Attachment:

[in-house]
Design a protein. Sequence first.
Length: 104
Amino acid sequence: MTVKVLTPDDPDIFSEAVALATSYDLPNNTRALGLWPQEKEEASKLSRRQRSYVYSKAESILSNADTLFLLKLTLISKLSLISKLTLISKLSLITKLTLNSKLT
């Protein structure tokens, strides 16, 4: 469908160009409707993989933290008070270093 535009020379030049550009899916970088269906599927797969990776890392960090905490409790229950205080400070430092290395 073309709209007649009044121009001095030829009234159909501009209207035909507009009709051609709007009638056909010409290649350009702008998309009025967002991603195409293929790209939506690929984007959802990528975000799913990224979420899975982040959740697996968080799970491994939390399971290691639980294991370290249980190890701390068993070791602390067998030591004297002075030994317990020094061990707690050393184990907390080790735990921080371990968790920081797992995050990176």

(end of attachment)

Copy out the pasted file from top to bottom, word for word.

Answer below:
[in-house]
Design a protein. Sequence first.
Length: 104
Amino acid sequence: MTVKVLTPDDPDIFSEAVALATSYDLPNNTRALGLWPQEKEEASKLSRRQRSYVYSKAESILSNADTLFLLKLTLISKLSLISKLTLISKLSLITKLTLNSKLT
């Protein structure tokens, strides 16, 4: 469908160009409707993989933290008070270093 535009020379030049550009899916970088269906599927797969990776890392960090905490409790229950205080400070430092290395 073309709209007649009044121009001095030829009234159909501009209207035909507009009709051609709007009638056909010409290649350009702008998309009025967002991603195409293929790209939506690929984007959802990528975000799913990224979420899975982040959740697996968080799970491994939390399971290691639980294991370290249980190890701390068993070791602390067998030591004297002075030994317990020094061990707690050393184990907390080790735990921080371990968790920081797992995050990176």